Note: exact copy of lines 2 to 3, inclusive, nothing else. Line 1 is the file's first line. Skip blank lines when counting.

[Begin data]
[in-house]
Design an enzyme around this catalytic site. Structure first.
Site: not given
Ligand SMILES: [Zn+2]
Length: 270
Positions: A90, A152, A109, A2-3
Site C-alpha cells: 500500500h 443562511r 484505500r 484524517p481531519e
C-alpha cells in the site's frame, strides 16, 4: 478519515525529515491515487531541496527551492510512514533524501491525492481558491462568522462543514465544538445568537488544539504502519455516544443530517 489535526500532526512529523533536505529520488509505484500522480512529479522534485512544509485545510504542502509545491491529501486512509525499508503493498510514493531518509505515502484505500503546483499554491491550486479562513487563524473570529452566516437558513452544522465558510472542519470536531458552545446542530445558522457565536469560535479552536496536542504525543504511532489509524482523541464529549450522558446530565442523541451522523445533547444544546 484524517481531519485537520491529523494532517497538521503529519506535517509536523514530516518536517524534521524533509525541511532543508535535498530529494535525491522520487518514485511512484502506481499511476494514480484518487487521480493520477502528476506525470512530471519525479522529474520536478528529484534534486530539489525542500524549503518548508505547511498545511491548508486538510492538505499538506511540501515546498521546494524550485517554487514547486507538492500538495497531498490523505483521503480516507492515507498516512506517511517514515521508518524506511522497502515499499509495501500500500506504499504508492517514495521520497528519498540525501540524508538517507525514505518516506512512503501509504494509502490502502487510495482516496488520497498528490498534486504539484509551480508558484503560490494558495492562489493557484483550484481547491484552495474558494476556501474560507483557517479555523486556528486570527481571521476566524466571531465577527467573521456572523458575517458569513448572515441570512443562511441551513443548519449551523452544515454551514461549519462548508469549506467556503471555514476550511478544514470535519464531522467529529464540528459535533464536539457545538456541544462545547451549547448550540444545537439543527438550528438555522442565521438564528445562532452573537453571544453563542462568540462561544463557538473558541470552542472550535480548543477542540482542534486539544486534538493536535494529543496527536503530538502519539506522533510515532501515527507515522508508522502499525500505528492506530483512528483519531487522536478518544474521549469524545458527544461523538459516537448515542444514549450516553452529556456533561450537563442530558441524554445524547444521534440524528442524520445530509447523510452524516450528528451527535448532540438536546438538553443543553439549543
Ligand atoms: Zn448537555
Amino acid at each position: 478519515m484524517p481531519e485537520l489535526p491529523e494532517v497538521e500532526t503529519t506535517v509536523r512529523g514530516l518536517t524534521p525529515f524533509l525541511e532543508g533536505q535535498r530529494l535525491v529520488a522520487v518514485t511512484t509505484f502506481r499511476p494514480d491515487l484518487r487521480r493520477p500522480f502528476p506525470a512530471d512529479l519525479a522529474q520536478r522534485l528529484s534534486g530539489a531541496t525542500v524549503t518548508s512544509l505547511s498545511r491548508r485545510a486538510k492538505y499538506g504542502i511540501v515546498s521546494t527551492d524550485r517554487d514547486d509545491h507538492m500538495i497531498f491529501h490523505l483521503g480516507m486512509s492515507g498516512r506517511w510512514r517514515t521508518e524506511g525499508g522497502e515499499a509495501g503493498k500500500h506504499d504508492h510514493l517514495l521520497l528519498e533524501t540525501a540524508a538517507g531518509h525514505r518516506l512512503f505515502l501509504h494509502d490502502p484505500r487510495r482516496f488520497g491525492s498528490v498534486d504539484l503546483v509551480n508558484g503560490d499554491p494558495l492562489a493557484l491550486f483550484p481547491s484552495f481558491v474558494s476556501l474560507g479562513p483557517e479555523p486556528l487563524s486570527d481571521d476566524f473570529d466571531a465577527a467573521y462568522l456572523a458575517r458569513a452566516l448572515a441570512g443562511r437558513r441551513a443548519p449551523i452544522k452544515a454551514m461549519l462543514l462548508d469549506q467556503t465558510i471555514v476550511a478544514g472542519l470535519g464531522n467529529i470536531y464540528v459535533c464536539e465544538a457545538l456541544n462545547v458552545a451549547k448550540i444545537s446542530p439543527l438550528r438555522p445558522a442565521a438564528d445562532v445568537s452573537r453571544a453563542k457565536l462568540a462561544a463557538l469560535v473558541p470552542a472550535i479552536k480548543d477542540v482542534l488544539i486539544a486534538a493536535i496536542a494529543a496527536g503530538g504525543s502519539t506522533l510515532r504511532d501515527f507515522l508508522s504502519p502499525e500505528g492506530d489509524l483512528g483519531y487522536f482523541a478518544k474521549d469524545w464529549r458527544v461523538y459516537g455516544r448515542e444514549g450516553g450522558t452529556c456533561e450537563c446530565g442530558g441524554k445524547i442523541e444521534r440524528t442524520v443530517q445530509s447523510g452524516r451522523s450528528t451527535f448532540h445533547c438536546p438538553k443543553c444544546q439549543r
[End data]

Design an enzyme around this catalytic site. Structure first.
Site: not given